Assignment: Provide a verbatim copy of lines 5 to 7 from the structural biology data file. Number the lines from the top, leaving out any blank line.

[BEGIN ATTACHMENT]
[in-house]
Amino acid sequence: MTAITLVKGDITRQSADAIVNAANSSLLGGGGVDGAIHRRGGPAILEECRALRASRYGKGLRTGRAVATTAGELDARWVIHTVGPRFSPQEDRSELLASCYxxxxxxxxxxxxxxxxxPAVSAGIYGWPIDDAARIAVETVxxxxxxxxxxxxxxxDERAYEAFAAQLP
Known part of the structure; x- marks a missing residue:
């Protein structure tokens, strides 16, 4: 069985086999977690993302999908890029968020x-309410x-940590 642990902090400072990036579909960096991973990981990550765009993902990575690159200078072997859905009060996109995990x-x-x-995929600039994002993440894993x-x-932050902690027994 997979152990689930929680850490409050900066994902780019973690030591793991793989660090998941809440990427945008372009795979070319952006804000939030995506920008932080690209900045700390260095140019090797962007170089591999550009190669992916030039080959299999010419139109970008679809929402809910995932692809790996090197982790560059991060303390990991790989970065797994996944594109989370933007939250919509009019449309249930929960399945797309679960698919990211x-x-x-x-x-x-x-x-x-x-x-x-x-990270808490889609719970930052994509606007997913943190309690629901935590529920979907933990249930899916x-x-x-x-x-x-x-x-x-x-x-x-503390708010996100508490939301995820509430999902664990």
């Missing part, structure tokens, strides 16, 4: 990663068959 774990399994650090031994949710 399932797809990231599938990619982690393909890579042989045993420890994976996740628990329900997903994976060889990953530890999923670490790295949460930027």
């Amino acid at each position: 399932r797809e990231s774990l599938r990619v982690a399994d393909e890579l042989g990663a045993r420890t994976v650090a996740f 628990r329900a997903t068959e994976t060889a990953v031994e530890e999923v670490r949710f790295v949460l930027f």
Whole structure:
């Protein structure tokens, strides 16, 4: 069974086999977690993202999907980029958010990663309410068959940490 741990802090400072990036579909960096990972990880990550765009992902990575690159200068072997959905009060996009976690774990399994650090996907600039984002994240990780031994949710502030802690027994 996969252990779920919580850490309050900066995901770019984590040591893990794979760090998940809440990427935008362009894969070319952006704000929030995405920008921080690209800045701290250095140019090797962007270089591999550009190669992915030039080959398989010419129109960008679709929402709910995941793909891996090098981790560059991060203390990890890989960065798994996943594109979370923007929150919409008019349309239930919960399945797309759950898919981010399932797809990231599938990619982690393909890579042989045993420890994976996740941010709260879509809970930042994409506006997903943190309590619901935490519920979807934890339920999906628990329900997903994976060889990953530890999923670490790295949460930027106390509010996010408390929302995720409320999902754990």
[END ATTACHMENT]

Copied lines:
């Missing part, structure tokens, strides 16, 4: 990663068959 774990399994650090031994949710 399932797809990231599938990619982690393909890579042989045993420890994976996740628990329900997903994976060889990953530890999923670490790295949460930027």
């Amino acid at each position: 399932r797809e990231s774990l599938r990619v982690a399994d393909e890579l042989g990663a045993r420890t994976v650090a996740f 628990r329900a997903t068959e994976t060889a990953v031994e530890e999923v670490r949710f790295v949460l930027f």
Whole structure: